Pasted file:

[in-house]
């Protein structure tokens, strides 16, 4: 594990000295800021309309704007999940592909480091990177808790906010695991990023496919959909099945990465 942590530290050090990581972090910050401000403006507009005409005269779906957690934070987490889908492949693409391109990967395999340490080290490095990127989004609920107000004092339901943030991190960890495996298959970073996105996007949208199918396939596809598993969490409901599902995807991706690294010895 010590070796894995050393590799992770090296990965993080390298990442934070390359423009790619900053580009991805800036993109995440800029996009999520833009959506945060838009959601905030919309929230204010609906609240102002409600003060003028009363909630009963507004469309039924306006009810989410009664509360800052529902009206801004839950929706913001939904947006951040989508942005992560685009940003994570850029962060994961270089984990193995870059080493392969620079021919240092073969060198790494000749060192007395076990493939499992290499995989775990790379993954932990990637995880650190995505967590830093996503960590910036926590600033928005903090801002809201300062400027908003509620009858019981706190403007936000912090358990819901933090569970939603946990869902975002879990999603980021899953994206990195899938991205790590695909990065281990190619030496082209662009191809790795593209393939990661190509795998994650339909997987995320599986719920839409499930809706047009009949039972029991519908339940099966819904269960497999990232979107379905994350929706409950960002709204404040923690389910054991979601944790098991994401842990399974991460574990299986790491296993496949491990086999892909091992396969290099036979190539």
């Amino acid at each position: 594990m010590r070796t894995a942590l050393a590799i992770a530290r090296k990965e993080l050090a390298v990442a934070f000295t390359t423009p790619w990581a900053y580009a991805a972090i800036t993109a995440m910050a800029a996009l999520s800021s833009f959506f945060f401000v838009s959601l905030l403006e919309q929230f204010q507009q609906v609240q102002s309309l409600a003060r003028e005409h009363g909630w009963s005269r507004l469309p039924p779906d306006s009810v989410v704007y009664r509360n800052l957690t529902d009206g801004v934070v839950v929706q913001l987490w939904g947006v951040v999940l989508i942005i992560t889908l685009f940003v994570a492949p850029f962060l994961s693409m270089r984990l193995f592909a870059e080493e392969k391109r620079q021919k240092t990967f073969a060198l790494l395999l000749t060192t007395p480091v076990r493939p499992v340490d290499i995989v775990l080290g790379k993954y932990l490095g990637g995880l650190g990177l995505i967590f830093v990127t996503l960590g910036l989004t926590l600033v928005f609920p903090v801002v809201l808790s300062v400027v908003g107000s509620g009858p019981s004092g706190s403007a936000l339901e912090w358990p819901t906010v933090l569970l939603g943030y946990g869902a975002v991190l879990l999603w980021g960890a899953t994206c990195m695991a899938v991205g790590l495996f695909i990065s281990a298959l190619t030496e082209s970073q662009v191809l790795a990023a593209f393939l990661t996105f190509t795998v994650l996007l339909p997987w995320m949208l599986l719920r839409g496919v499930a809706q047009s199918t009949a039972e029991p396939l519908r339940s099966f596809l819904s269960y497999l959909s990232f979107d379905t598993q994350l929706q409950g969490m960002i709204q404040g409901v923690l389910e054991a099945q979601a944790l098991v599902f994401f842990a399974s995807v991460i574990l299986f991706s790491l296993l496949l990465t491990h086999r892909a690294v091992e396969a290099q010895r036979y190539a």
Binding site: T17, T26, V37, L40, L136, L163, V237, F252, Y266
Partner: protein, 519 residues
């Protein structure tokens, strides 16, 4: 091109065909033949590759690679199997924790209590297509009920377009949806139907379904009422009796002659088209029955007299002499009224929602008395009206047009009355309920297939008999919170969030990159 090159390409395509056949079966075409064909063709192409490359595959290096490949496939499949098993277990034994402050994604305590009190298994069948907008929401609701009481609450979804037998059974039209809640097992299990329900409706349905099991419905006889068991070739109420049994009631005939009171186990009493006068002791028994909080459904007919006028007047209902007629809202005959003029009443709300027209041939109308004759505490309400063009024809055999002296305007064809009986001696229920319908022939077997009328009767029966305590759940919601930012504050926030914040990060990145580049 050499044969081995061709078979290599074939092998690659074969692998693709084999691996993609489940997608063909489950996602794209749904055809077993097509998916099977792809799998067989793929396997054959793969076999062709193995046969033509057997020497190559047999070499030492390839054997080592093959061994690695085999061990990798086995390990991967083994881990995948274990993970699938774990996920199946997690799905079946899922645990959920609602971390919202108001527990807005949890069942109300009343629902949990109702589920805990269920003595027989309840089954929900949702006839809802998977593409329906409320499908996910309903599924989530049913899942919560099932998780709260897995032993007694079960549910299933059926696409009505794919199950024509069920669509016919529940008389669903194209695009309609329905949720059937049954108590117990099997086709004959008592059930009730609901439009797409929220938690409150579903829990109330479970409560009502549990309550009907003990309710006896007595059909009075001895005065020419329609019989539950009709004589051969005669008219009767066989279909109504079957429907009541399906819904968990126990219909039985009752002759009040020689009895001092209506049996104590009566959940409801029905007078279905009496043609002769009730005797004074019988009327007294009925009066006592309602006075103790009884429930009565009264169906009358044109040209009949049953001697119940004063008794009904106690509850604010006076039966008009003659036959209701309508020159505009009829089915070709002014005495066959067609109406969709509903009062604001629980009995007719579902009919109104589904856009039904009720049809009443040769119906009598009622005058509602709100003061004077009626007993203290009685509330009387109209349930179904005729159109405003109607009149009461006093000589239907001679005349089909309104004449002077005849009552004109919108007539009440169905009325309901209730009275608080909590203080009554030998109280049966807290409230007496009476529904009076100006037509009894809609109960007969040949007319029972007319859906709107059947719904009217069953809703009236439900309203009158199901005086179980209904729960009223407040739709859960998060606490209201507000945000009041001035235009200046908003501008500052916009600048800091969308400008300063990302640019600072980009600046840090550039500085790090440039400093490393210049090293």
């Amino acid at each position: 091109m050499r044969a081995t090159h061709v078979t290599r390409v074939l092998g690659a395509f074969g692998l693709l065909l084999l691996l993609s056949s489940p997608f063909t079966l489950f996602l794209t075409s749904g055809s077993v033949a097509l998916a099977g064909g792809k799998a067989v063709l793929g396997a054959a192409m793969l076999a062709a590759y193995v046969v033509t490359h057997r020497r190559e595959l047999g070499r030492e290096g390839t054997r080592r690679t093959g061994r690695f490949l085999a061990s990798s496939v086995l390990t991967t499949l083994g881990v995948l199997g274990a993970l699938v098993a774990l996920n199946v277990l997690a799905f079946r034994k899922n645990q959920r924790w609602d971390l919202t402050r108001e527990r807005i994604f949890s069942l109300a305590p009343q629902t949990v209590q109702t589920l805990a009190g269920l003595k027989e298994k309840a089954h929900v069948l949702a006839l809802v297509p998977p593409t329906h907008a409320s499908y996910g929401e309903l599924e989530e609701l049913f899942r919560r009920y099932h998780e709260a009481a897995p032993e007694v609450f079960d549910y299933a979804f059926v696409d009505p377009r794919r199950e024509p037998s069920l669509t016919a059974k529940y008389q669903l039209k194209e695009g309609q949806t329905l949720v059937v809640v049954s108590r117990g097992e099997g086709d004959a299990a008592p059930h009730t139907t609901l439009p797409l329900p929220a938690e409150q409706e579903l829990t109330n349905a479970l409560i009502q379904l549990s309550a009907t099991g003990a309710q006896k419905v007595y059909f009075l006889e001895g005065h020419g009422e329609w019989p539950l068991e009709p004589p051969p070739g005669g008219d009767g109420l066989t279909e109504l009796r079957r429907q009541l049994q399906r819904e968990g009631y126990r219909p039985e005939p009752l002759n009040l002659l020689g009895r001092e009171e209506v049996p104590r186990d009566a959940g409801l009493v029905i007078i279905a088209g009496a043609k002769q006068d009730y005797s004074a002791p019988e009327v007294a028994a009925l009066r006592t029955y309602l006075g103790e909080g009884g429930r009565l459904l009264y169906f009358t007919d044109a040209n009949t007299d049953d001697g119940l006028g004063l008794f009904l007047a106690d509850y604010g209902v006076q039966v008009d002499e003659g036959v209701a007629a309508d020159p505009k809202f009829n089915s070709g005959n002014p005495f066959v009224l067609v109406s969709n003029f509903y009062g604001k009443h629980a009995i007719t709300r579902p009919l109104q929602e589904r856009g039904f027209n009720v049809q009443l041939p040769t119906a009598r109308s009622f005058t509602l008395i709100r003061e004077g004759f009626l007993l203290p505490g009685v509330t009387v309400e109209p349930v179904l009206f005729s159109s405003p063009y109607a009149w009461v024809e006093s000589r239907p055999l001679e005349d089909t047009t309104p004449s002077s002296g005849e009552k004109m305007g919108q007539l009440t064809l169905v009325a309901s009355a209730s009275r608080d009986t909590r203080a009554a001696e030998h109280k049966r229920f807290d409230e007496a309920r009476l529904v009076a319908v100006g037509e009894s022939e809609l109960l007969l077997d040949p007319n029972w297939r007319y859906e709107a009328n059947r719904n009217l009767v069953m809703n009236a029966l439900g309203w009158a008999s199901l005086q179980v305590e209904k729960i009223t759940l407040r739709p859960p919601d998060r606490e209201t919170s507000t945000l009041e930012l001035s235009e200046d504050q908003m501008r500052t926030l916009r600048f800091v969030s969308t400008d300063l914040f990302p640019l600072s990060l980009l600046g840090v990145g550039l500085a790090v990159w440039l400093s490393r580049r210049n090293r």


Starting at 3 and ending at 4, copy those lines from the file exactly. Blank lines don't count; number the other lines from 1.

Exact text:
């Amino acid at each position: 594990m010590r070796t894995a942590l050393a590799i992770a530290r090296k990965e993080l050090a390298v990442a934070f000295t390359t423009p790619w990581a900053y580009a991805a972090i800036t993109a995440m910050a800029a996009l999520s800021s833009f959506f945060f401000v838009s959601l905030l403006e919309q929230f204010q507009q609906v609240q102002s309309l409600a003060r003028e005409h009363g909630w009963s005269r507004l469309p039924p779906d306006s009810v989410v704007y009664r509360n800052l957690t529902d009206g801004v934070v839950v929706q913001l987490w939904g947006v951040v999940l989508i942005i992560t889908l685009f940003v994570a492949p850029f962060l994961s693409m270089r984990l193995f592909a870059e080493e392969k391109r620079q021919k240092t990967f073969a060198l790494l395999l000749t060192t007395p480091v076990r493939p499992v340490d290499i995989v775990l080290g790379k993954y932990l490095g990637g995880l650190g990177l995505i967590f830093v990127t996503l960590g910036l989004t926590l600033v928005f609920p903090v801002v809201l808790s300062v400027v908003g107000s509620g009858p019981s004092g706190s403007a936000l339901e912090w358990p819901t906010v933090l569970l939603g943030y946990g869902a975002v991190l879990l999603w980021g960890a899953t994206c990195m695991a899938v991205g790590l495996f695909i990065s281990a298959l190619t030496e082209s970073q662009v191809l790795a990023a593209f393939l990661t996105f190509t795998v994650l996007l339909p997987w995320m949208l599986l719920r839409g496919v499930a809706q047009s199918t009949a039972e029991p396939l519908r339940s099966f596809l819904s269960y497999l959909s990232f979107d379905t598993q994350l929706q409950g969490m960002i709204q404040g409901v923690l389910e054991a099945q979601a944790l098991v599902f994401f842990a399974s995807v991460i574990l299986f991706s790491l296993l496949l990465t491990h086999r892909a690294v091992e396969a290099q010895r036979y190539a």
Binding site: T17, T26, V37, L40, L136, L163, V237, F252, Y266